Is your sore throat keeping you awake?
Everyone wants to have a great night’s sleep, but for those suffering with a sore throat, unfortunately, this isn’t always possible.
Let’s take a deeper look into some common questions around sleep and recovery and how a good night’s sleep can help to ease your throat pain.
Why is a sore throat worse at night?
When your nose is blocked, your body finds it easier to breathe through your mouth, which can make your sore throat even worse. Your throat can become dry and may cause further irritation.
Why is sleep important?
Restful sleep is an integral part of your body’s natural protection against sickness. Not getting enough sleep has been shown to increase the risk of developing a cold. In fact, research shows that sleeping less than 6 hours a night makes you almost four times more likely to develop a cold than those who sleep for seven hours or more.
This is why a good time to soothe your sore throat is right before bed. Our infographic below shows the benefits of a long night’s sleep and its impact on limiting the chances of getting cold symptoms like a sore throat and recovery.
What can I do to get a good night's sleep?
When you’re ill, your body is fighting hard to recover, but it can only do so much on its own. That’s why you need to provide your body with the support it needs.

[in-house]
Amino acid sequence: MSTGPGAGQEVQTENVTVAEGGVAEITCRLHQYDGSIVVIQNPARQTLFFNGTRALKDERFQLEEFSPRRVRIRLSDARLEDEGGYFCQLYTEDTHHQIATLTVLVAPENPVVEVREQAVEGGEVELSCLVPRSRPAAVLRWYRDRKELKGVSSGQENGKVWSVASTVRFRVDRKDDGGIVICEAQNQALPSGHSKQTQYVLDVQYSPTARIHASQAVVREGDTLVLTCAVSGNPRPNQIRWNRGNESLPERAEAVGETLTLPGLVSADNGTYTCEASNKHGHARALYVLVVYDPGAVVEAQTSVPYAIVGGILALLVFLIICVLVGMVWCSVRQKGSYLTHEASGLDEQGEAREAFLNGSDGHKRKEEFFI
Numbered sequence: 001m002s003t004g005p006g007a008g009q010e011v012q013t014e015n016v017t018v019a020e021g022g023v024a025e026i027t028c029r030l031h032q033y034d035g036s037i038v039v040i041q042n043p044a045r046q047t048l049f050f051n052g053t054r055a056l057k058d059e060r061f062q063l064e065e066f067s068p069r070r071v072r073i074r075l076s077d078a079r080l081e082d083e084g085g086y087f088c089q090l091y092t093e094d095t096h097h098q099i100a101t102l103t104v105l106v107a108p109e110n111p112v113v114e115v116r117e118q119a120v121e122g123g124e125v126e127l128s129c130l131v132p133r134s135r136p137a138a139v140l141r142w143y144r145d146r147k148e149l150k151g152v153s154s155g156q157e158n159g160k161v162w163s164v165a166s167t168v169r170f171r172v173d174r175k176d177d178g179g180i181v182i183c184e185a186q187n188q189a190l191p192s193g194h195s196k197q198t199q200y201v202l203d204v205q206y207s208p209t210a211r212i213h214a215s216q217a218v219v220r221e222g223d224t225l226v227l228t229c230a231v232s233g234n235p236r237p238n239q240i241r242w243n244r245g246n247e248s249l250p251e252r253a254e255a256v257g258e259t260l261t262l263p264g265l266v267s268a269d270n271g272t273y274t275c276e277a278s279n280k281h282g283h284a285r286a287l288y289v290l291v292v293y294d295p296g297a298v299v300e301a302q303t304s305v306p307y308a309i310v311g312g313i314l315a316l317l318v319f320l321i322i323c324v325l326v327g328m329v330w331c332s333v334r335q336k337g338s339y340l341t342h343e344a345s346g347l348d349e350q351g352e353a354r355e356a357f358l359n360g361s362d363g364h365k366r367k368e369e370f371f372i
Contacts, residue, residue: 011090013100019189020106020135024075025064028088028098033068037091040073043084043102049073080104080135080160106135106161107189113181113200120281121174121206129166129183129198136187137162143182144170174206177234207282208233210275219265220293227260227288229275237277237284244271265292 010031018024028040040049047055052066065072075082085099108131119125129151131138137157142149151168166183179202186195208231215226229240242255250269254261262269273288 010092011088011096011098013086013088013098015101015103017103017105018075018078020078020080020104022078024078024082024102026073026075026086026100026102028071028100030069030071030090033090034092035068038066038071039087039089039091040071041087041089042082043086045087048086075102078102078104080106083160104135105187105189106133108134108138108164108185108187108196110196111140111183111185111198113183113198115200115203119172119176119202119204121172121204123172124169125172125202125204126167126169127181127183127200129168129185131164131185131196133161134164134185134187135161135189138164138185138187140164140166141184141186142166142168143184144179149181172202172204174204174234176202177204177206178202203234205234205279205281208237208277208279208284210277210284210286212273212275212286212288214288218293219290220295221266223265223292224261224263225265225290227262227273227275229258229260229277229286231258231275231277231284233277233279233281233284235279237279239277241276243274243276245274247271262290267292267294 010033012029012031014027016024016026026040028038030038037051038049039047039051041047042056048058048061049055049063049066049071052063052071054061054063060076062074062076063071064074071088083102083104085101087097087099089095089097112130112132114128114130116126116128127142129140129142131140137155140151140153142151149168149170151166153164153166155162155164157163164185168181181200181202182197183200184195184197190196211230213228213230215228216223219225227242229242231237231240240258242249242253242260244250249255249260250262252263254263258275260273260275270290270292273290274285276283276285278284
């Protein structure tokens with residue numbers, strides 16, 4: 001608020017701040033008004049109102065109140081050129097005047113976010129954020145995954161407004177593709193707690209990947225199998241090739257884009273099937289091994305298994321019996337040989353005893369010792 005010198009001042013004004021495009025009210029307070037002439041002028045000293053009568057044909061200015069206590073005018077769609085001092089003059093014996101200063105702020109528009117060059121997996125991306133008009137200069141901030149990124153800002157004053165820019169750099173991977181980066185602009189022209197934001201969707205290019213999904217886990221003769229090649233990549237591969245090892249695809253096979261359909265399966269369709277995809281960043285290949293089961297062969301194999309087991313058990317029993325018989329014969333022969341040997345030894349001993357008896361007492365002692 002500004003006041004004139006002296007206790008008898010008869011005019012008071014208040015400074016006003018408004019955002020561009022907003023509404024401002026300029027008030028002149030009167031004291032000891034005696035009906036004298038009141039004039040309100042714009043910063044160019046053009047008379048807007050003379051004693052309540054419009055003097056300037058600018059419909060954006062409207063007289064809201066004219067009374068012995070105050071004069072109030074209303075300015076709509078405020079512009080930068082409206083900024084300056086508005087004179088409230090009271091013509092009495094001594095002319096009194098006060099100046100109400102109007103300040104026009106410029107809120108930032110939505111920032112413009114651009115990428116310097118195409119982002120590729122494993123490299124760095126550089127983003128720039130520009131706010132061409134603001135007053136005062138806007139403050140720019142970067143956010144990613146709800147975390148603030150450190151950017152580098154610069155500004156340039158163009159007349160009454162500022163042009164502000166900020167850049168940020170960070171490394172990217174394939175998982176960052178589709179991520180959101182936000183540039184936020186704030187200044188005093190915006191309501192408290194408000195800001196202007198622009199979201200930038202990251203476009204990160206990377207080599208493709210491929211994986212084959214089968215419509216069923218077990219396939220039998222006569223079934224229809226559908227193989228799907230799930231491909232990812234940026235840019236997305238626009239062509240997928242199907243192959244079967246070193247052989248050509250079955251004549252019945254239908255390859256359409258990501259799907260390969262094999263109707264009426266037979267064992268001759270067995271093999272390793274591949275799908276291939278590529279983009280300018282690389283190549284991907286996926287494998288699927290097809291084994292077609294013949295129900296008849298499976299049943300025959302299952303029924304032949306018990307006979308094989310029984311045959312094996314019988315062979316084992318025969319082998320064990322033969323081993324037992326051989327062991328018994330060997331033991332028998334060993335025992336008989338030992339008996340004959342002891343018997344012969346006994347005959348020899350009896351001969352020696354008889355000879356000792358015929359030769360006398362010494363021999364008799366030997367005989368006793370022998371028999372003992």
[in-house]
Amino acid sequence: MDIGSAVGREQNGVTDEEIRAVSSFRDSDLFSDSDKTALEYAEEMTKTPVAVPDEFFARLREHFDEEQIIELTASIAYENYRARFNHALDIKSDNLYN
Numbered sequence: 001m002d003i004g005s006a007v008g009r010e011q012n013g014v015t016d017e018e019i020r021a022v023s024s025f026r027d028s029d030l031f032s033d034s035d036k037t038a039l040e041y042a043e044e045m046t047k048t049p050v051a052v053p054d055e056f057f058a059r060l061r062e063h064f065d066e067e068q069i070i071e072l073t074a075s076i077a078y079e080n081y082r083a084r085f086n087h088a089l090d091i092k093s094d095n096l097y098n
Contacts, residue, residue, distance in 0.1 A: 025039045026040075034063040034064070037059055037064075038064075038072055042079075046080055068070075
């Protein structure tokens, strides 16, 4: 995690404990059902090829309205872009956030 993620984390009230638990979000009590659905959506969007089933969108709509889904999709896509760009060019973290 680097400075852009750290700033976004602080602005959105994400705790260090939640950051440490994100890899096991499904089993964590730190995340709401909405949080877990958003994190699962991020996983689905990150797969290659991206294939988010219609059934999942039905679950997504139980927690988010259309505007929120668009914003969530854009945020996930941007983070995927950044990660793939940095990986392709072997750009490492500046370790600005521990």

Before you go to sleep, use Strefen Lemon and Honey Lozenges. It provides a fast and targeted pain relief for up to 4 hours. The active ingredient is flurbiprofen which is clinically proven to relieve sore throat pain and reduce swelling.
You can also practice these well-known self-care treatments to help rid yourself of a sore throat:
- Gargling with saltwater
- Using a humidifier
- Drinking fluids
- Inhaling steam (for adults only as this can cause scalding in children).
- Sleeping on an incline if mucus at night is making things worse.
Please see a doctor or pharmacist if symptoms persist.
Now that you know how important sleep is for recovery try not to let another sore throat keep you awake at night!
This information is not intended to diagnose, in case of any doubt please consult your pharmacist or GP.